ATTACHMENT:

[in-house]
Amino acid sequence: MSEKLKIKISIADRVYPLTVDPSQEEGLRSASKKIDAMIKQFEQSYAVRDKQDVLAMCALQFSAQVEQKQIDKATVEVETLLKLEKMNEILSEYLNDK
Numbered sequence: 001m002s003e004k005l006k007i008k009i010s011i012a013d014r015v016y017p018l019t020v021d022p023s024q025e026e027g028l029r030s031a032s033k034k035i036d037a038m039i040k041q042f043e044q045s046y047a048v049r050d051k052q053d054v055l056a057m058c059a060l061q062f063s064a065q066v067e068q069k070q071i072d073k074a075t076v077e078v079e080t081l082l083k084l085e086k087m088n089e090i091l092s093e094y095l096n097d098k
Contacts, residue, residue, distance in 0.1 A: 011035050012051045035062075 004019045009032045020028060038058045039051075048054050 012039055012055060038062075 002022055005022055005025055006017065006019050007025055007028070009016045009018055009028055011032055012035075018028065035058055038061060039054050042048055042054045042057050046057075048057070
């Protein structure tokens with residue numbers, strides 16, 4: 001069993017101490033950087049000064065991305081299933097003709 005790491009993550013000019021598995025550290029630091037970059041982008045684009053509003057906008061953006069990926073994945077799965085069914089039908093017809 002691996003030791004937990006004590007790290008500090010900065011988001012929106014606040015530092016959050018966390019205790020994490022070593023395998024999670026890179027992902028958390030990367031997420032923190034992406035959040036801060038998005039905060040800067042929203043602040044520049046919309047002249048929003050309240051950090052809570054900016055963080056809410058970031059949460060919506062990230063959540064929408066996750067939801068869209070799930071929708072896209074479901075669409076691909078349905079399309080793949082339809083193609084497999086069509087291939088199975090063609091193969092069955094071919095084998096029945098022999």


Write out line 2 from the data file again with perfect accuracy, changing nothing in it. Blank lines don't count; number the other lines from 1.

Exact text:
Amino acid sequence: MSEKLKIKISIADRVYPLTVDPSQEEGLRSASKKIDAMIKQFEQSYAVRDKQDVLAMCALQFSAQVEQKQIDKATVEVETLLKLEKMNEILSEYLNDK